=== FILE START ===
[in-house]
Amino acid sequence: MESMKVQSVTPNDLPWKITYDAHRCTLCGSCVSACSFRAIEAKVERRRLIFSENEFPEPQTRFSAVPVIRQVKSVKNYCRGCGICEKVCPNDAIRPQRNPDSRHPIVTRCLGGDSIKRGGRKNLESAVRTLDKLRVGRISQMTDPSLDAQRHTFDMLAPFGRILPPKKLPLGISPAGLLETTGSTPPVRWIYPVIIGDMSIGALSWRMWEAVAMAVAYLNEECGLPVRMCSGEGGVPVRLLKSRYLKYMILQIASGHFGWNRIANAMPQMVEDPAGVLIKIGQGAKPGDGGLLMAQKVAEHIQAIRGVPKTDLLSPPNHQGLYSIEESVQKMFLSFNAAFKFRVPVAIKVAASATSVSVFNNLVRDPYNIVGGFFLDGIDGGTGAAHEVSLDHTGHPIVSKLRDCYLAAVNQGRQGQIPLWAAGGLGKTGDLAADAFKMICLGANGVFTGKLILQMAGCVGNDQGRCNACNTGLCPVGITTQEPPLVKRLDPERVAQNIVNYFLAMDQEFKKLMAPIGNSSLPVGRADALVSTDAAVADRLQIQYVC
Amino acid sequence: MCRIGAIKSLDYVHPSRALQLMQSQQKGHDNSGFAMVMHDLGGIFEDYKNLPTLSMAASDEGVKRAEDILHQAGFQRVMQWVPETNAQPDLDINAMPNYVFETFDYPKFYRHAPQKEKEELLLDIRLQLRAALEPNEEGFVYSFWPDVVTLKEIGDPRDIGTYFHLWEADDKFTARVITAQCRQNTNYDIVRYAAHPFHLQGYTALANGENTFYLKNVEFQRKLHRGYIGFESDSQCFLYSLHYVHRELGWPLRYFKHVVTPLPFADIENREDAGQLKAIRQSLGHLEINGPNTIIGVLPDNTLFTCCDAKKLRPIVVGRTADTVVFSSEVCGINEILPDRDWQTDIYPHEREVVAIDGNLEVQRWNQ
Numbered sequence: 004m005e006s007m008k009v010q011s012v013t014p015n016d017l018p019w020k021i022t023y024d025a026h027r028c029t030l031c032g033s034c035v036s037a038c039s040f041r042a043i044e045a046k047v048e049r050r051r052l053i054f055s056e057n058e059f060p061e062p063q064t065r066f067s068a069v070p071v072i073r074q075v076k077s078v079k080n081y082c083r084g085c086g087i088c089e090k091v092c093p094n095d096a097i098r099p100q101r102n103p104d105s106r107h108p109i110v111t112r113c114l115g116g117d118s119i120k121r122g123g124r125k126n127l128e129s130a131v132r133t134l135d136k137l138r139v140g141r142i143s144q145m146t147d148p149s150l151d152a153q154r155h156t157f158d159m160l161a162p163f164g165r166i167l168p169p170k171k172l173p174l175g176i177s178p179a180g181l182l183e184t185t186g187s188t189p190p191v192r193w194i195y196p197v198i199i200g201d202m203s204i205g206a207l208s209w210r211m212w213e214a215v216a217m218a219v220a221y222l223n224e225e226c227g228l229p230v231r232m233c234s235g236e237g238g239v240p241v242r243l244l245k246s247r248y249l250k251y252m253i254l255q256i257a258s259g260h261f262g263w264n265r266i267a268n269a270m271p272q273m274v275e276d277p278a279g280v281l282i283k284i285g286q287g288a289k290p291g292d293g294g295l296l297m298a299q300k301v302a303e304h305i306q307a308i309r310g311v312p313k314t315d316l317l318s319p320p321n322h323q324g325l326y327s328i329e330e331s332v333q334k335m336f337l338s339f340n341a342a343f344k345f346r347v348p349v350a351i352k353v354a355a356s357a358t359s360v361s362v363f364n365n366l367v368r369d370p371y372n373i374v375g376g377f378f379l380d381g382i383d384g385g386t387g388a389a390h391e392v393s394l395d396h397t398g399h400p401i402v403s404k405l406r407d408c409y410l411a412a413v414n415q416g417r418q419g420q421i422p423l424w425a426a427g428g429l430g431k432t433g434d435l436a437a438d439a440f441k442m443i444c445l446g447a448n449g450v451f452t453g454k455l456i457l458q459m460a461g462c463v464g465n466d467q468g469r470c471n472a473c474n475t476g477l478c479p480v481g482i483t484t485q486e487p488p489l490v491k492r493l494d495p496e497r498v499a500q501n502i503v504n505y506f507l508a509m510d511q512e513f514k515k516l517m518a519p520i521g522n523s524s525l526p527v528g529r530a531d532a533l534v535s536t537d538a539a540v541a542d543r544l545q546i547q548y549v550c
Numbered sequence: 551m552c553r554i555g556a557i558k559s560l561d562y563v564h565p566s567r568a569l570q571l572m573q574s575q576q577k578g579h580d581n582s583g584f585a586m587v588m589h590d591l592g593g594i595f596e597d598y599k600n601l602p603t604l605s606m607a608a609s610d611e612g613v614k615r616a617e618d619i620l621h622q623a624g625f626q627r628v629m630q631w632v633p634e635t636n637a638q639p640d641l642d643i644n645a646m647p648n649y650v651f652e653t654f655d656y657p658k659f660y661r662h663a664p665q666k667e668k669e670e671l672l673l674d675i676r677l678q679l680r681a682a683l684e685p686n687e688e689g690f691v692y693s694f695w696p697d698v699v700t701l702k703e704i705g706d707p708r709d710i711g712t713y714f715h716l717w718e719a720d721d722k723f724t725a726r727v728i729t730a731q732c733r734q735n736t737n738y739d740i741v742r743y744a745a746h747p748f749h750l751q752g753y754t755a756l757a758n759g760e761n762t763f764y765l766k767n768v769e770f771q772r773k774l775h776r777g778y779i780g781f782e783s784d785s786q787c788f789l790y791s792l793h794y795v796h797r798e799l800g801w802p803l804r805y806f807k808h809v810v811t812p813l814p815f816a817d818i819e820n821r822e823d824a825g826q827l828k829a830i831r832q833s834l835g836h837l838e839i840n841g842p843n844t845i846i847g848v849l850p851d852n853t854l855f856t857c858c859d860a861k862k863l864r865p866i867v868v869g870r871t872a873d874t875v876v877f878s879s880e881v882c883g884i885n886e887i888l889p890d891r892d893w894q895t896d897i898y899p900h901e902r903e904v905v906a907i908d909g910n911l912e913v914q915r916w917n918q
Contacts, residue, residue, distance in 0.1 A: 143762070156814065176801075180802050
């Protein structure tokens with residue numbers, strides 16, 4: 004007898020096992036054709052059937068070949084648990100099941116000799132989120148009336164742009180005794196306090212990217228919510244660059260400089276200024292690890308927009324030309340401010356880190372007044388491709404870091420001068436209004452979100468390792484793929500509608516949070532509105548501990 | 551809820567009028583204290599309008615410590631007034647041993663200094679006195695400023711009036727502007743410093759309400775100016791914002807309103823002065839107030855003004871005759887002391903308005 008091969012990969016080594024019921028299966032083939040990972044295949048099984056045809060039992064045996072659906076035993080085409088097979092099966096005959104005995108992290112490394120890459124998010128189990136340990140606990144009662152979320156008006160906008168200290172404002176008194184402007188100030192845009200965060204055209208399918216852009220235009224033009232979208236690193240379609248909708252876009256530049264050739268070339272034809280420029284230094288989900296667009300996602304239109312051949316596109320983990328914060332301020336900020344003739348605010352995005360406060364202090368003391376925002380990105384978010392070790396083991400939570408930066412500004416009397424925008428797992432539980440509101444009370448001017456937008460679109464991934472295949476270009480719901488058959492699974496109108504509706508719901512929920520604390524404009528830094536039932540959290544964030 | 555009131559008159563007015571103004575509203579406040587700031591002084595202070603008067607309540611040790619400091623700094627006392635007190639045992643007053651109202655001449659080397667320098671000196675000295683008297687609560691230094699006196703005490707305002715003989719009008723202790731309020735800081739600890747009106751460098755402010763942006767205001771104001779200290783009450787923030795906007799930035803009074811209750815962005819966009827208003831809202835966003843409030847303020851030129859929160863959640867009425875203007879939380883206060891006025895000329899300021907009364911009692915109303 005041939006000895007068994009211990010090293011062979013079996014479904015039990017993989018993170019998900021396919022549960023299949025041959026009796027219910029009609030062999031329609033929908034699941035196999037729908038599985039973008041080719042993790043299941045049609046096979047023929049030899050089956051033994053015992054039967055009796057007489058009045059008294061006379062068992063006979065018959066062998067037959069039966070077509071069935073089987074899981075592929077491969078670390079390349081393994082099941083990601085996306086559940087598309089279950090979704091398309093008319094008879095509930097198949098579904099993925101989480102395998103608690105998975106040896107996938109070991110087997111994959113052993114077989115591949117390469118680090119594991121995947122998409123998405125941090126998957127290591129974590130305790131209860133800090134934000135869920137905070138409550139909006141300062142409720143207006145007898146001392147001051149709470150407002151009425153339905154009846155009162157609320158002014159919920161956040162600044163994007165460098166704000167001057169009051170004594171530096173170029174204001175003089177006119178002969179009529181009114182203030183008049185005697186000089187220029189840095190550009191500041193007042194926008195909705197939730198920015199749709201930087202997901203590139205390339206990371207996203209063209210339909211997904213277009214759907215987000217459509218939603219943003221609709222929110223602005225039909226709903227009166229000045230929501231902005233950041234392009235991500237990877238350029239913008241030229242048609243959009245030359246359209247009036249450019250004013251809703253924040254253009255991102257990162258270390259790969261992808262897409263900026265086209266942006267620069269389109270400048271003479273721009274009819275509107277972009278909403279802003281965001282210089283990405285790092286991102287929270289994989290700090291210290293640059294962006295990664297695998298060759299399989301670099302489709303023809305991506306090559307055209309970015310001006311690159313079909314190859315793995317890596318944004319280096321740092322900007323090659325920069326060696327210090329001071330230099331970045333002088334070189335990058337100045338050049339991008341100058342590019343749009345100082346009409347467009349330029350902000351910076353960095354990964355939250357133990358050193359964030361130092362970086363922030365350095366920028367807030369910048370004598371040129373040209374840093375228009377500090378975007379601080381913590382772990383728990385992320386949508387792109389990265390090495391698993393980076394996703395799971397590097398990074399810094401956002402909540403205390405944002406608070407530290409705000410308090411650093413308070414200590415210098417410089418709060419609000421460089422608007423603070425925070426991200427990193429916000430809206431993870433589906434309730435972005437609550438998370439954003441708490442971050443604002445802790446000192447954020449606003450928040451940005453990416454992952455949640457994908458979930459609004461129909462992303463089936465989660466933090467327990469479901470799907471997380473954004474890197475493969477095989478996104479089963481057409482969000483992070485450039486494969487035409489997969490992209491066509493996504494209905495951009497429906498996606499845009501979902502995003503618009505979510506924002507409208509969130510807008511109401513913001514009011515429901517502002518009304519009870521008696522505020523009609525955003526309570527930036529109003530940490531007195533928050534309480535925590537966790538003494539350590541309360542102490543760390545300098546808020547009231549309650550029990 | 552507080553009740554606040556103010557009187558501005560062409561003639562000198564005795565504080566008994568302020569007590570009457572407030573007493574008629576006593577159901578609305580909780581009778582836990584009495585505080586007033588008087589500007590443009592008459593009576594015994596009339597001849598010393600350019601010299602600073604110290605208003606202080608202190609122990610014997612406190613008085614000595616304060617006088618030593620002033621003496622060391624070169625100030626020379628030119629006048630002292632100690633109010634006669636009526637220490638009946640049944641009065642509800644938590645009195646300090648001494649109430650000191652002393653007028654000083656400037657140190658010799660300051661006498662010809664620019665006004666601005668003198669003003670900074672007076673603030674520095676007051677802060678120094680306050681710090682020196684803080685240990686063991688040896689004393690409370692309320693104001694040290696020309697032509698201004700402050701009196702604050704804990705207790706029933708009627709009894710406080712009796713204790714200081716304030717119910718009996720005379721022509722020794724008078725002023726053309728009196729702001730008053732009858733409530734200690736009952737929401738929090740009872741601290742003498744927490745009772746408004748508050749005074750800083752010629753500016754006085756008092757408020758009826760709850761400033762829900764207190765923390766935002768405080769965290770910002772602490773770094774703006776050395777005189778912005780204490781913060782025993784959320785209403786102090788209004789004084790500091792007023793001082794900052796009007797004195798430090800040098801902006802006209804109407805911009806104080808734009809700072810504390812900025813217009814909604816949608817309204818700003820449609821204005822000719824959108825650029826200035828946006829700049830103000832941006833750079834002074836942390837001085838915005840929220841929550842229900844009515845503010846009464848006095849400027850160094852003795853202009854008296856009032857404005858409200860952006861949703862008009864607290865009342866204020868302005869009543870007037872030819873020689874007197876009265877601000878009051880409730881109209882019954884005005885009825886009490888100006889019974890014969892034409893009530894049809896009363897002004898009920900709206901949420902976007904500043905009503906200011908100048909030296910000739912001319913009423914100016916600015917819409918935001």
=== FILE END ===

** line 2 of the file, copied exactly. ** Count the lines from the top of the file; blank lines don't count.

Amino acid sequence: MESMKVQSVTPNDLPWKITYDAHRCTLCGSCVSACSFRAIEAKVERRRLIFSENEFPEPQTRFSAVPVIRQVKSVKNYCRGCGICEKVCPNDAIRPQRNPDSRHPIVTRCLGGDSIKRGGRKNLESAVRTLDKLRVGRISQMTDPSLDAQRHTFDMLAPFGRILPPKKLPLGISPAGLLETTGSTPPVRWIYPVIIGDMSIGALSWRMWEAVAMAVAYLNEECGLPVRMCSGEGGVPVRLLKSRYLKYMILQIASGHFGWNRIANAMPQMVEDPAGVLIKIGQGAKPGDGGLLMAQKVAEHIQAIRGVPKTDLLSPPNHQGLYSIEESVQKMFLSFNAAFKFRVPVAIKVAASATSVSVFNNLVRDPYNIVGGFFLDGIDGGTGAAHEVSLDHTGHPIVSKLRDCYLAAVNQGRQGQIPLWAAGGLGKTGDLAADAFKMICLGANGVFTGKLILQMAGCVGNDQGRCNACNTGLCPVGITTQEPPLVKRLDPERVAQNIVNYFLAMDQEFKKLMAPIGNSSLPVGRADALVSTDAAVADRLQIQYVC